Earth & Moon
Articles about our home - and our close companion, object of awe, subject of poetry and the only other world on which humans have walked.
Absolute Beginners - Moonwatching
We take the Moon for granted, because itīs so close to us and easy to see. But itīs a beautiful and interesting object as it goes through its monthly changes. If you use a pair of binoculars, you can learn to recognize many of its main features. Some of them are visible without binoculars too.
Aurorae - Polar Light Shows
Thereīs a glow on the northern horizon. The Sun set hours ago and there are no city lights there. Whatīs up? You could be seeing natureīs great polar light show an aurora. With solar activity on the rise, you might not have to go to the far north (or south) to see one.
Autumn begins on the equinox as the Sun crosses the equator. Equinoxes were celebrated by the earliest known civilizations and still are in many places. One of the biggest celebrations these days is the Chinese Moon Festival. A traditional palace or garden probably has a moon-watching pavilion.
Carrying the Fire - book review
What was it like to be one-third of the Apollo 11 crew? Michael Collins, the man in the command module that didnīt land on the Moon, tells a fascinating story of astronaut training and space travel. Originally published in 1974, a Fortieth Anniversary edition of Carrying the Fire was issued.
Christmas in the Skies
Christmas is a special day with a magic of its own. A Christmas eclipse is a great treat and centuries ago a long-awaited comet finally showed up on Christmas day. On the other hand, imagine spending the holidays a quarter of a million miles from home as the crew of Apollo 8 did.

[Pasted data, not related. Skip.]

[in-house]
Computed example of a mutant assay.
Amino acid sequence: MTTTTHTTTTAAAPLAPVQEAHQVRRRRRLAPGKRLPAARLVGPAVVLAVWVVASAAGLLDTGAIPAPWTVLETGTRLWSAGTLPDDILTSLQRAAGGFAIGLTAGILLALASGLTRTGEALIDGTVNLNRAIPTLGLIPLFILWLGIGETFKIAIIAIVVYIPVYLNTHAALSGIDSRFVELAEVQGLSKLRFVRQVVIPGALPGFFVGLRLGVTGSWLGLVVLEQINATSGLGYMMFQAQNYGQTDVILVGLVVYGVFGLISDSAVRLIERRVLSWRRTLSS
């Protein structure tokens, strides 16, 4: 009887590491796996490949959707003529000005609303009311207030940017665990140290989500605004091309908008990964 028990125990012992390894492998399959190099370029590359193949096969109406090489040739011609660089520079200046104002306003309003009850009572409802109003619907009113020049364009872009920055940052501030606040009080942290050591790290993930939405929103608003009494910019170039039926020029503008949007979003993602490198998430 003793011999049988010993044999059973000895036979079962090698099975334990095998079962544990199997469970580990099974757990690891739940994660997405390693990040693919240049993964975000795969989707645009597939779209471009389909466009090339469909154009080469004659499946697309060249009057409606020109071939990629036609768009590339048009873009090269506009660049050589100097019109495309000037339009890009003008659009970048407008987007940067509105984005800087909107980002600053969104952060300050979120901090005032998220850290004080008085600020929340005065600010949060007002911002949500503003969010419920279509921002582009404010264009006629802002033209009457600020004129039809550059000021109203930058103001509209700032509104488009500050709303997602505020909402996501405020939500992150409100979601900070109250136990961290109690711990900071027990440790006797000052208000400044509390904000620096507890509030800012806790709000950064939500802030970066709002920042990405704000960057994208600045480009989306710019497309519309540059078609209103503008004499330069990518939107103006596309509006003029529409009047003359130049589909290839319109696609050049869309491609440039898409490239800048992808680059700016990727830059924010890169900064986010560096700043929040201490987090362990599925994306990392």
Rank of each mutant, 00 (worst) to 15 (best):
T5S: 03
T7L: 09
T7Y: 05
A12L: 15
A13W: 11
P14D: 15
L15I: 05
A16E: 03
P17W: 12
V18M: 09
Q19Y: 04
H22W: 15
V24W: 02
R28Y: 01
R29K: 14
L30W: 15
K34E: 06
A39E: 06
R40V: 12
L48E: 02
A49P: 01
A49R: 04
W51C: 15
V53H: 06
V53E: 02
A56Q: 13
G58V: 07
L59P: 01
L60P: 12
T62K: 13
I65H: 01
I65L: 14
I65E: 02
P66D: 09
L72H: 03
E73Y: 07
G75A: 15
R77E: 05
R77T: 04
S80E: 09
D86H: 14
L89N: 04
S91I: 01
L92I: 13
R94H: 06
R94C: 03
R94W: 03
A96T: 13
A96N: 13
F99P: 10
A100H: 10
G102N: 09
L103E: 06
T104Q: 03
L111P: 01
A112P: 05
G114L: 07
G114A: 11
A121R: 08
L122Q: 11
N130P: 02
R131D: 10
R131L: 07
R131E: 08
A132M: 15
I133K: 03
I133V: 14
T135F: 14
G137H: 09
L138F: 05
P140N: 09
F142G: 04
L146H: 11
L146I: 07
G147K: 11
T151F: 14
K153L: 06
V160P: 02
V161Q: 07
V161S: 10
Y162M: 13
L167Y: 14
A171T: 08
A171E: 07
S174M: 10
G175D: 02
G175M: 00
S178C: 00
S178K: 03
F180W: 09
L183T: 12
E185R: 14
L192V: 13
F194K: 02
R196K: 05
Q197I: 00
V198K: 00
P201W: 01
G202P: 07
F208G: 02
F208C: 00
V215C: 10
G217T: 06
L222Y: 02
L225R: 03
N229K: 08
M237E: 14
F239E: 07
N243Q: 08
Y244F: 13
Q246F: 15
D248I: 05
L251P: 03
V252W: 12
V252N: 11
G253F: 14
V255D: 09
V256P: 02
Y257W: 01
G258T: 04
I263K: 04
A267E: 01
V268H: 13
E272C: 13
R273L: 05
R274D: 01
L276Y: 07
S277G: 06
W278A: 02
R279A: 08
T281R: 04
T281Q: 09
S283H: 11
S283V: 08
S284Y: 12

We no longer see the heavens as perfect and the stars as eternal and unchanging. Even the Universe had a beginning, and everything that we observe changes and evolves. Many of these changes involve cosmic collisions.
Ecliptic and Equinoxes
The objects in the night sky seem to be projected onto the celestial sphere. A coordinate system lets us say where everything is, but something's not quite right. The north polar star will be Vega one day. Astrological star signs don't match the constellations any more. What's going on?
Exploring the Apollo Landing Sites
NASA sent the Lunar Reconnaisance Orbiter (LRO) to the Moon to spy out sites for future manned missions. It doesnīt look like theyīll be sending anybody to the Moon, but LRO has documented the Apollo landing sites. Astronomy writer and space expert Ian Ridpath takes us to the Moon for a look.
Galactic Winter Games
Welcome to the Galactic Winter Games, a starry tribute to Earthīs Winter Olympic Games. Itīs a tour of some really cool cosmic sights as well as some hot ones, such as one of the biggest explosions in the Universe.
In the Shadow of the Moon Review
What would it be like to leave Earthīs protective embrace and journey to an alien world? Only twenty-four men have ever experienced this - Apollo astronauts. "In the Shadow of the Moon" uses original footage & astronaut interviews to tell the story of one of the defining events of human history.
Itīs Alive - book review
Bang Theory in verse and drawings. Now stars and planets have formed, but something new is happening: Life. Book 2 is about evolution by natural selection. In its cheerful verse and lovely color drawings, itīs also a love poem to our beautiful Earth.